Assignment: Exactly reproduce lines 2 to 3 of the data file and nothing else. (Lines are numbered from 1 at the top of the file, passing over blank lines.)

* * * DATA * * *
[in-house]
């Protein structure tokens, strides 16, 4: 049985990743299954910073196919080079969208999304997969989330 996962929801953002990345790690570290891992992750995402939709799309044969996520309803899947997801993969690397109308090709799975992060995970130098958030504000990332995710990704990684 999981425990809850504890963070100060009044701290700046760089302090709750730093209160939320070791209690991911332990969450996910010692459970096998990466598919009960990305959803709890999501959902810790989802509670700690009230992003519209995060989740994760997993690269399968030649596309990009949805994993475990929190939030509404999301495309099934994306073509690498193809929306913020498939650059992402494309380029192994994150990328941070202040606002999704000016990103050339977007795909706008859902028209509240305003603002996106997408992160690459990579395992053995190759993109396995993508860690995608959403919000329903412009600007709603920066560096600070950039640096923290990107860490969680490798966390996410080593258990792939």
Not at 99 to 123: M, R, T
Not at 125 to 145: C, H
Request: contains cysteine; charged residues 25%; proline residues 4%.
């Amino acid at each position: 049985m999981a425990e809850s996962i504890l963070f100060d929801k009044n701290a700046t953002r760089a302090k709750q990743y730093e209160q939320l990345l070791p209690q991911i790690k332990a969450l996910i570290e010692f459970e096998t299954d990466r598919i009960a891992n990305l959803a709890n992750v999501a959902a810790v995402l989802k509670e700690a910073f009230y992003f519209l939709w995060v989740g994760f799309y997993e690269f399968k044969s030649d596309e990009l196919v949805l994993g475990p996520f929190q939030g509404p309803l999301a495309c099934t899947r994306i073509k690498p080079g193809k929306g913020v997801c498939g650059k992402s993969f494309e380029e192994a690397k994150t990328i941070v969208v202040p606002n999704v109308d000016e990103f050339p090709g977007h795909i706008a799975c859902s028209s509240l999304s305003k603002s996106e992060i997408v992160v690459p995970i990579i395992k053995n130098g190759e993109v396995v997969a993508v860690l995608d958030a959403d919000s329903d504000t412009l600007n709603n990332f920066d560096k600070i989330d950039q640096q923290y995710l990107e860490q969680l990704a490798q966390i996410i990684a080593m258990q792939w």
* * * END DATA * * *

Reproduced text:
């Protein structure tokens, strides 16, 4: 049985990743299954910073196919080079969208999304997969989330 996962929801953002990345790690570290891992992750995402939709799309044969996520309803899947997801993969690397109308090709799975992060995970130098958030504000990332995710990704990684 999981425990809850504890963070100060009044701290700046760089302090709750730093209160939320070791209690991911332990969450996910010692459970096998990466598919009960990305959803709890999501959902810790989802509670700690009230992003519209995060989740994760997993690269399968030649596309990009949805994993475990929190939030509404999301495309099934994306073509690498193809929306913020498939650059992402494309380029192994994150990328941070202040606002999704000016990103050339977007795909706008859902028209509240305003603002996106997408992160690459990579395992053995190759993109396995993508860690995608959403919000329903412009600007709603920066560096600070950039640096923290990107860490969680490798966390996410080593258990792939």
Not at 99 to 123: M, R, T